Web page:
- The Washington Times - Tuesday, March 30, 2010

The comic book permeates all levels of popular culture. This sporadic feature reviews some recent examples from the world of digital video discs (compatible with DVD and Blu-ray-enabled computers and home entertainment centers) and also includes a recommended sequential-art reading list to extend the multimedia adventures.

Toy Story and Toy Story 2 (Walt Disney Studios Home Entertainment, rated G, $39.99 each) Nothing will thrill the modern-day animation fan more than watching a Pixar film in the Blu-ray format. It’s not surprising, then, that revisiting the exploits of Woody, Buzz Lightyear and the “Toy Story” gang in high definition is an “infinity and beyond” event.

With digital visuals absorbed by viewers in 1080p, the subtle reflections in Buzz’s helmet, the textures of Rex the Dinosaur and Mr. Potato Head’s dimpled surface, the depth of Woody’s and Buzz’s facial expressions in traumatic situations, and roller-coaster perspectives in chase scenes make each film a near-three-dimensional experience no glasses required.

Director John Lasseter and his talented gang found the right mix in 1995 and 1999 to bring each film to life: a nostalgic collection of toys, humor, family-friendly storytelling and an impressive lineup of vocal talent, including Tom Hanks, Tim Allen, Don Rickles, Wayne Knight, Joan Cusack and Wallace Shawn.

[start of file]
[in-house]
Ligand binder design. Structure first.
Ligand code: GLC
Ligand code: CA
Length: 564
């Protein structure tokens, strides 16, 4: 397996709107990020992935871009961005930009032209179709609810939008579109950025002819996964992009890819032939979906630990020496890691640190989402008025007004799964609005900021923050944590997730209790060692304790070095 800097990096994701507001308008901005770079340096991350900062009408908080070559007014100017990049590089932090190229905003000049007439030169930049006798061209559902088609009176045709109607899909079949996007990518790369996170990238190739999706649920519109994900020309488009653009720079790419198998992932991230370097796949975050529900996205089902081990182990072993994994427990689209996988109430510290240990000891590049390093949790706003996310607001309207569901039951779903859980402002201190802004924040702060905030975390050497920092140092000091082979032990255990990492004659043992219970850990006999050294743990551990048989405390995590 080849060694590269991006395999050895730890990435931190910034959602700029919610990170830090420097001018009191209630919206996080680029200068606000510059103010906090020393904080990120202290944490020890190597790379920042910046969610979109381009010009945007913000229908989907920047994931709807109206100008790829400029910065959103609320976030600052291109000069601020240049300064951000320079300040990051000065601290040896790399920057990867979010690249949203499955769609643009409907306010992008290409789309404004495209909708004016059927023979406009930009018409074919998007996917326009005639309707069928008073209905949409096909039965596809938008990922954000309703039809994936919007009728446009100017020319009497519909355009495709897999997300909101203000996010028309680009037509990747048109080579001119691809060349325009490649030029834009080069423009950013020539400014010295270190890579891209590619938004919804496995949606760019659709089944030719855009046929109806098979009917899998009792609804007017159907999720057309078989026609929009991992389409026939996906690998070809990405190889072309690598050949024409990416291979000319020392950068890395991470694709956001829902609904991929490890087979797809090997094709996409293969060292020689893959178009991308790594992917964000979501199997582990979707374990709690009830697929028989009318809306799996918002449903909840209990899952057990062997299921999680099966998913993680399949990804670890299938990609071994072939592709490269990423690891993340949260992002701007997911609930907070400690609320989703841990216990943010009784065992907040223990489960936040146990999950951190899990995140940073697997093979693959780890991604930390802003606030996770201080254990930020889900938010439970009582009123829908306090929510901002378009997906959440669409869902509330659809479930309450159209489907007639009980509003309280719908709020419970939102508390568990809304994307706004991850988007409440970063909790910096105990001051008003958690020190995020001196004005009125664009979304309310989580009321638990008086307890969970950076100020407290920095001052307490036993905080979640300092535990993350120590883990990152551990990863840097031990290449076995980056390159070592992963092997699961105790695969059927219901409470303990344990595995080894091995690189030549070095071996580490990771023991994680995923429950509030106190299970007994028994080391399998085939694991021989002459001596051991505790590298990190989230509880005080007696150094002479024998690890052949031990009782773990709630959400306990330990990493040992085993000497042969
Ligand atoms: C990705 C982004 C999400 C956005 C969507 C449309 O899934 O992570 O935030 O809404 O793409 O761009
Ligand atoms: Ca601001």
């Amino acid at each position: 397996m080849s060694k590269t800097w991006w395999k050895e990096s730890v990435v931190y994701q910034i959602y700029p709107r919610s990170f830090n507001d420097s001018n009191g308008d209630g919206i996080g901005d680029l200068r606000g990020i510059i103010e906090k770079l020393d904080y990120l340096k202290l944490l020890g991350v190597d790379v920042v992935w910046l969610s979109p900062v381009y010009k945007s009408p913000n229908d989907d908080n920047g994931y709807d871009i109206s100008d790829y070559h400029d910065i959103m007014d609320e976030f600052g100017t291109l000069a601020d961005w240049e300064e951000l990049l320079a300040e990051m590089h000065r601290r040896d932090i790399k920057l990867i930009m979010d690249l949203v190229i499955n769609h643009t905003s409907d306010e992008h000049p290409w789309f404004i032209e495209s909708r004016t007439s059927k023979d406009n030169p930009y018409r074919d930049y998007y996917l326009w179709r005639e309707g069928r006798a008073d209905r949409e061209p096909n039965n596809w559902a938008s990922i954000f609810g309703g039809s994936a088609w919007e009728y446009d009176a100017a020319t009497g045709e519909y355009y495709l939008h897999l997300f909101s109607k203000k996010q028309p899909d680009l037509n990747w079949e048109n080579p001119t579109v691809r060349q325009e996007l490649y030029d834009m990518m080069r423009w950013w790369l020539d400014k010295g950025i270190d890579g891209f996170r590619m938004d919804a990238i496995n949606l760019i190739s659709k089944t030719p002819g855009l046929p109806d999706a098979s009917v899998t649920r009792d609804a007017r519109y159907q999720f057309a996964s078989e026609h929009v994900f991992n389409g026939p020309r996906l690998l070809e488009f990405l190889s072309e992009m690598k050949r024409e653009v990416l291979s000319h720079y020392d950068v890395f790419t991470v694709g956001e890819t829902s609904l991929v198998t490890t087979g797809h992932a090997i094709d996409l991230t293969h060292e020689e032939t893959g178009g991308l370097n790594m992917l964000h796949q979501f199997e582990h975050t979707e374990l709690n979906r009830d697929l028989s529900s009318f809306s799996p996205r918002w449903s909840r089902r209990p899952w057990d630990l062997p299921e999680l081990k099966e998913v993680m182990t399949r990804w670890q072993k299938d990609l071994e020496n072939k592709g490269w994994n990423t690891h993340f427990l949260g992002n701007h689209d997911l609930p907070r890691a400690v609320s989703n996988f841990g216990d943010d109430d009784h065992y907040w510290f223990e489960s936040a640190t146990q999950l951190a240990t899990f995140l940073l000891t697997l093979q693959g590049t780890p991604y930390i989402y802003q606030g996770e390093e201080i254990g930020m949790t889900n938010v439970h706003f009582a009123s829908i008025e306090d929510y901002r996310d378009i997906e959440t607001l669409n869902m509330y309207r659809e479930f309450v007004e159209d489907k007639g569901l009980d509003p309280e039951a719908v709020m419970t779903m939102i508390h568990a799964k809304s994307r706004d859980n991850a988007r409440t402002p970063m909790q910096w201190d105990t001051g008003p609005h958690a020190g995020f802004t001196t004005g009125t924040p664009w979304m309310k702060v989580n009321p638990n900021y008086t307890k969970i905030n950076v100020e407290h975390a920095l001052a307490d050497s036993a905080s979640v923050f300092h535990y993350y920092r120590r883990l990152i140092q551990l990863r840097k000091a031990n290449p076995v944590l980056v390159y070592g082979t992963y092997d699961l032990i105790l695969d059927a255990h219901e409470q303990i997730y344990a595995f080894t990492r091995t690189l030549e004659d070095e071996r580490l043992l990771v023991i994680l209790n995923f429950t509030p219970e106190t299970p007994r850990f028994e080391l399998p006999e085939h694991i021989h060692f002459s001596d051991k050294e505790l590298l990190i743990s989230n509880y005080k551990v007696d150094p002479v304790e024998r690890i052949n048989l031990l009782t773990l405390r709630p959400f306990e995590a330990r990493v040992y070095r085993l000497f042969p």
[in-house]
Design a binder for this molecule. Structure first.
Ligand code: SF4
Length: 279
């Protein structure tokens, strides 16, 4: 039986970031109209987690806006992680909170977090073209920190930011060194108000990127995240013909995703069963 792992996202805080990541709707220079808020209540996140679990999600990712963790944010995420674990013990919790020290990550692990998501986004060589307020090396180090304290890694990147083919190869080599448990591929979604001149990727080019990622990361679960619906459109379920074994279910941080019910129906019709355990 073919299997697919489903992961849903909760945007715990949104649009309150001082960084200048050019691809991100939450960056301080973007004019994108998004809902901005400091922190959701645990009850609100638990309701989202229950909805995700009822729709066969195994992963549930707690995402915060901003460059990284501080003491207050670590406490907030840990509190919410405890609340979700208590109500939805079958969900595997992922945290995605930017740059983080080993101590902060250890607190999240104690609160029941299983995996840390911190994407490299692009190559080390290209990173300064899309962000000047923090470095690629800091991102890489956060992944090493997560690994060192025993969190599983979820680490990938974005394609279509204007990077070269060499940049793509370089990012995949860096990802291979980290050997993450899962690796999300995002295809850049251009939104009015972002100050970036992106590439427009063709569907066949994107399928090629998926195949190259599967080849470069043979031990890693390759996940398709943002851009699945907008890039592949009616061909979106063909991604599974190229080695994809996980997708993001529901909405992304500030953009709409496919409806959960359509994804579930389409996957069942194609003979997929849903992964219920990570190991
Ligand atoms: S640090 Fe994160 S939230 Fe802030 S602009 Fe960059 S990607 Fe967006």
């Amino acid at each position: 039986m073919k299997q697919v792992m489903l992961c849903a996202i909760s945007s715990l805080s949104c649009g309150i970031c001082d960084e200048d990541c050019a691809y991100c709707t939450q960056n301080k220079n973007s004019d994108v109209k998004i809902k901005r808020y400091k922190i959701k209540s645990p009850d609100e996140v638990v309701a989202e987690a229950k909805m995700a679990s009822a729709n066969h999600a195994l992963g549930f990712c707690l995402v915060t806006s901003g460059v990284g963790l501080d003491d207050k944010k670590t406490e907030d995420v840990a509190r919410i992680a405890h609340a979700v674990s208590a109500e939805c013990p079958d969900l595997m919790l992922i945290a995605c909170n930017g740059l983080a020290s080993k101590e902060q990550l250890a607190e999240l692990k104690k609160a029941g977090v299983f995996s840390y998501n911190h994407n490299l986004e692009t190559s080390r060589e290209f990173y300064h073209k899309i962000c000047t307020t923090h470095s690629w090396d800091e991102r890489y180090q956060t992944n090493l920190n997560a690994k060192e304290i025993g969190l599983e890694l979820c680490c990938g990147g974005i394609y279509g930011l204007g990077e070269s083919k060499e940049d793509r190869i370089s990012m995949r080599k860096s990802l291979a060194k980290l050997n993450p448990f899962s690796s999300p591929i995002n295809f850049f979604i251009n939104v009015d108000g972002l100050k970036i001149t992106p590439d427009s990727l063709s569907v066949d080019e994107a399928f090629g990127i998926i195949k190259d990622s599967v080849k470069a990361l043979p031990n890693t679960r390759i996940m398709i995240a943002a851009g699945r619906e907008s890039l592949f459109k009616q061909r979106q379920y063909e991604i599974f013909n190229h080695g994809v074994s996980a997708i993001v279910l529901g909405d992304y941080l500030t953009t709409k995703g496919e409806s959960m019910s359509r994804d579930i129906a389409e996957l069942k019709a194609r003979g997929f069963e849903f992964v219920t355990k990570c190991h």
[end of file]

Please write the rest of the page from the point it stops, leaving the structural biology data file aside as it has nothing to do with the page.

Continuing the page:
Rather than waste space talking plot points, I’ll just toss out a few favorite memories of these classic films’ unforgettable characters. How about Sid’s toy torturing, a visit to Pizza Planet to meet the little green men, plastic soldiers on a gift-discovery mission, the toy trauma of a yard sale, obsessed collector Al McWhiggin’s kidnapping of Woody, the Barbie tour of Al’s Toy Barn, Stinky Pete’s nastiness, and a video-game battle between Buzz and Emperor Zurg.

Considering the groundbreaking use of computer-generated animation techniques, “Toy Story” and its sequel live as industry game-changers that redefined the beauty of an all-ages cartoon.

Best extras: With multiple DVD “collector”-type sets available not limited to a 10th Anniversary Edition, Special Editions and Ultimate Toy Box editions both movies already have been deconstructed exhaustively. So what can Disney offer besides a pristine presentation to entice fans to buy again?

A bountiful supply of older DVD extras has been included on both “Toy Story” and “Toy Story 2” most important an optional commentary track from the key production staff but new behind-the-scenes fodder and interaction between Buzz and NASA has been added.

Among the seven additional segments on “Toy Story,” we get a featurette on how the film almost didn’t happen. “Black Friday: The Toy Story You Never Saw” is told through interviews with the legends behind Pixar and the original unacceptable footage that was shown to Disney executives.

On “Toy Story 2,” we get another seven bonus featurettes, with a celebratory memorial to story artist Joe Ranft being the standout.

However, with minimal Blu-ray interactivity (the BD-Live functionality does nothing to extend the movie fun and is simply online marketing), the films might end up in a viewer’s Netflix queue rather than on his home-entertainment shelf.